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iTunes and classical

watchnerd

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#3

watchnerd

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#5
If you have more than one complete collection of all 32 Beethoven Piano Sonatas (I have six) ... how well does Roon handle it?
Well, since I also have Tidal integrated with Roon, I end up with a lot more than 6.

It uses a search engine keyed to the meta data.

So if I search on "beethoven piano sonata", I get all the piano sonata albums -- in my case, 4 local copies off my NAS, plus another 52 off Tidal.
 

Keith_W

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#6
Is the metadata on Tidal consistent? Would you be able to post a screen shot of your results if you type "Beethoven Piano Sonata" into Roon?
 

Keith_W

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#8
That looks like a nightmare, Amir.

1. It doesn't look like it is organized in any logical sense. From top left to bottom right, it is not sorted alphabetically by artist, nor by album title, nor by the numbering of the individual sonata.

2. Those sonatas by "Nikolai" (Nikolai who?) are organized in a completely random order: 22, 32, 27, 11, 12, (then Kempff), then 8, and 28.

This is what I found when I had my trial of Roon. If I do a search for "Bach Cantata", I would get about 200 pages in random order. Sometimes the individual tracks in a Cantata are displayed as separate albums.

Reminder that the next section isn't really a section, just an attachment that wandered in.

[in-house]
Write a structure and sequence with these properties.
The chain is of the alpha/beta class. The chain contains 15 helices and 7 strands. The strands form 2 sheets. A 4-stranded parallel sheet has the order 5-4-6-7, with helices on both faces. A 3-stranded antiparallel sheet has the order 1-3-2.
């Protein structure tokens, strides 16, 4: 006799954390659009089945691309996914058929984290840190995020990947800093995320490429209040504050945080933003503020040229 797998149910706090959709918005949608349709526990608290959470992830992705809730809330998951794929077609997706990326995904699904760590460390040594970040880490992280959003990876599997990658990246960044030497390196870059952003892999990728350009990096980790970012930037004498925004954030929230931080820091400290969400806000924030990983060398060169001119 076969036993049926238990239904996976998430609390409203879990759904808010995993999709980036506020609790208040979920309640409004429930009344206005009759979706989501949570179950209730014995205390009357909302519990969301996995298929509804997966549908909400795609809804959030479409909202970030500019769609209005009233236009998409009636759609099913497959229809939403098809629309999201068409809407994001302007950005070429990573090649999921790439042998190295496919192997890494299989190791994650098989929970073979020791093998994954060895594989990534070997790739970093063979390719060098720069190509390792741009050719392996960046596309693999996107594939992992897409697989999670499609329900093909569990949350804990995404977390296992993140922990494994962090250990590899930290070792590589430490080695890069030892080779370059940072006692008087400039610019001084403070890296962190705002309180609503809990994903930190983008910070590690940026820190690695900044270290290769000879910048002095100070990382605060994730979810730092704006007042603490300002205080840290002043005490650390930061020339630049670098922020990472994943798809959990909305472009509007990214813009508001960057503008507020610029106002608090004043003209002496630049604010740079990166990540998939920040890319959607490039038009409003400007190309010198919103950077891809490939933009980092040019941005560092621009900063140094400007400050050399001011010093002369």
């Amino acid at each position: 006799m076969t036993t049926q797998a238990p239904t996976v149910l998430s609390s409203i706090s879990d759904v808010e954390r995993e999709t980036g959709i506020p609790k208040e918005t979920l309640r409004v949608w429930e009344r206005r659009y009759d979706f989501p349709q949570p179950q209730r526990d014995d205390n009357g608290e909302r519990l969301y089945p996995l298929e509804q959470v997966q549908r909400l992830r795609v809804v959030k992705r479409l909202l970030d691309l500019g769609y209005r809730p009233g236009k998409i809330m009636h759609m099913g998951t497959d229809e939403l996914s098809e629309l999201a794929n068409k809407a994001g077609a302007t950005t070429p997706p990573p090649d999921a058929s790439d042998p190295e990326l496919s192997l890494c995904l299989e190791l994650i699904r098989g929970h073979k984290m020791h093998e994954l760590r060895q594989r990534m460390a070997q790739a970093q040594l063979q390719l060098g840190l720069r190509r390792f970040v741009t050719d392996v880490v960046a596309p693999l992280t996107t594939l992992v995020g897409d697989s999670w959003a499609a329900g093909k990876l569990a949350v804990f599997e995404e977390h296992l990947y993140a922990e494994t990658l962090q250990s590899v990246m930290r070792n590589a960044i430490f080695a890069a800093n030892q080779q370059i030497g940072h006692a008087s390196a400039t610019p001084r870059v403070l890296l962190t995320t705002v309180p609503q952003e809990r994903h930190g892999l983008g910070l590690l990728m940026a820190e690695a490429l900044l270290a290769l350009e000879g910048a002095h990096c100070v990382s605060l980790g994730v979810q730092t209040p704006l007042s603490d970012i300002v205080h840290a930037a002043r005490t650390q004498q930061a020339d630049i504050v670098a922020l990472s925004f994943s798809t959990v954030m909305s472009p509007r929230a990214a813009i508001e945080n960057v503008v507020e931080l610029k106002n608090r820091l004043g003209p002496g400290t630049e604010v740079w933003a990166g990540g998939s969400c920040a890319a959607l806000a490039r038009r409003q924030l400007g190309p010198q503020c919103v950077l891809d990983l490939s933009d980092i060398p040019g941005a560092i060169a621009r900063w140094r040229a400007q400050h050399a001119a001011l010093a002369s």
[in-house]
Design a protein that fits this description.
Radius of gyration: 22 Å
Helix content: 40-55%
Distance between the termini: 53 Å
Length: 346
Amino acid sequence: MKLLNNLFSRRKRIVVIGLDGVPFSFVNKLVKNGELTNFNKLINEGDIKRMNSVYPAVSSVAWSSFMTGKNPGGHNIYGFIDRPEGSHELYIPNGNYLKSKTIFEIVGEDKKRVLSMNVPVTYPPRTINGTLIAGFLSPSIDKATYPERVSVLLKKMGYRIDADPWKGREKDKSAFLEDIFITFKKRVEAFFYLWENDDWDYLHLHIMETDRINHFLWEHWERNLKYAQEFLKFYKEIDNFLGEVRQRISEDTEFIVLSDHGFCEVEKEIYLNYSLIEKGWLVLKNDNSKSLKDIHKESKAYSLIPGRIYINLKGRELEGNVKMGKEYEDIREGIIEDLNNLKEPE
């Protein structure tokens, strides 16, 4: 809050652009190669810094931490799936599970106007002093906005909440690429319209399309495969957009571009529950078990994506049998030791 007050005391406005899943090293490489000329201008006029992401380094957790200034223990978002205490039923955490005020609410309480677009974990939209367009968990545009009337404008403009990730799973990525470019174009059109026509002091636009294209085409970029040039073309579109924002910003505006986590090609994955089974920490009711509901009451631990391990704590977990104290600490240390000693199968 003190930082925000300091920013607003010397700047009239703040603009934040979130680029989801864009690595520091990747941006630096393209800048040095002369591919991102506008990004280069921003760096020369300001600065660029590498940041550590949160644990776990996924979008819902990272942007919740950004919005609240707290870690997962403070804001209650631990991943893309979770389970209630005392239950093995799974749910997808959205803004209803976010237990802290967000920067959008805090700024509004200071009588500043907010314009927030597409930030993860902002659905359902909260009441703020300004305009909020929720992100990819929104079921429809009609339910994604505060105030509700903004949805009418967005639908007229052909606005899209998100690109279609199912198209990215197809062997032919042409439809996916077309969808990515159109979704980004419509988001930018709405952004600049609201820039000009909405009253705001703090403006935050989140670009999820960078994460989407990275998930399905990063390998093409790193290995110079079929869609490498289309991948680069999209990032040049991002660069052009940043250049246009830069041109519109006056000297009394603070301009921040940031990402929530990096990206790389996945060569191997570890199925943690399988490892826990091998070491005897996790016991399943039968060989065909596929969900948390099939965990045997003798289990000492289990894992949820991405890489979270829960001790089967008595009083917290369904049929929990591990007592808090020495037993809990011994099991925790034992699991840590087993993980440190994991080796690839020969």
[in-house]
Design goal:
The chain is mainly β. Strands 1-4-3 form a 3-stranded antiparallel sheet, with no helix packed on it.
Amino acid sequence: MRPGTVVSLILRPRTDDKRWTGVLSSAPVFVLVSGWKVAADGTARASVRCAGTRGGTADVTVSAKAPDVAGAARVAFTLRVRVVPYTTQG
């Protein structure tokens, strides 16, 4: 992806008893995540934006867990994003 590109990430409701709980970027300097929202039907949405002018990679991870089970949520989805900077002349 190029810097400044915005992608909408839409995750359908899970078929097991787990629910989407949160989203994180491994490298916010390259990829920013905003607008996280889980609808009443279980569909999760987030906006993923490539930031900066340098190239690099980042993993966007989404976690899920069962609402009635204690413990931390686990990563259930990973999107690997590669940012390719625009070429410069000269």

It looks as if Roon hasn't improved very much. I would find something like this completely unusable. Roon justifies its massive price by boasting it is better at finding your music than the competition. Except that it doesn't. It is far worse than the competition.
 

Keith_W

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#11
Still no good, Amir.

1. What is that Brooks Williams Little Lion album doing there? That's country music, not Beethoven.

2. What happens if you have six complete collections of all the Piano Sonatas (32 of them), that would be 192 listings. Suppose you only wanted to listen to Schnabel performances. I can see there is no option to sort by performer?

3. Are you able to get rid of all that space wasting stuff about who Beethoven was, where and when he lived, and all that ... so that you can have more space to display albums? Why is it that those bars that describe the album includes useless information like, "Fidelio, Beethoven's only opera, takes its subject..." (etc) and "Classical Period, 1804-1806" but does not include USEFUL information like who performed it, or whether it was the first or second version of the performance? Which orchestra? Which soloist? Which conductor?

You know, I keep telling the Roon developers: just let me browse by folder. My music is already organized the way I want it. And I assure you, there is no random Brooks Williams album in my Beethoven folder. And this is YOUR NAS, I suppose you can edit the metadata on that Brooks Williams album to make sure it won't turn up in a search for Beethoven. But what about Tidal? You can't edit Tidal metadata, can you? Do you get a whole bunch of non-Beethoven stuff which clutters up your Beethoven search?
 

RayDunzl

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#12

amirm

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#14
1. What is that Brooks Williams Little Lion album doing there? That's country music, not Beethoven.
It is there because one of the tracks is from Beethoven:

upload_2016-12-25_9-37-48.png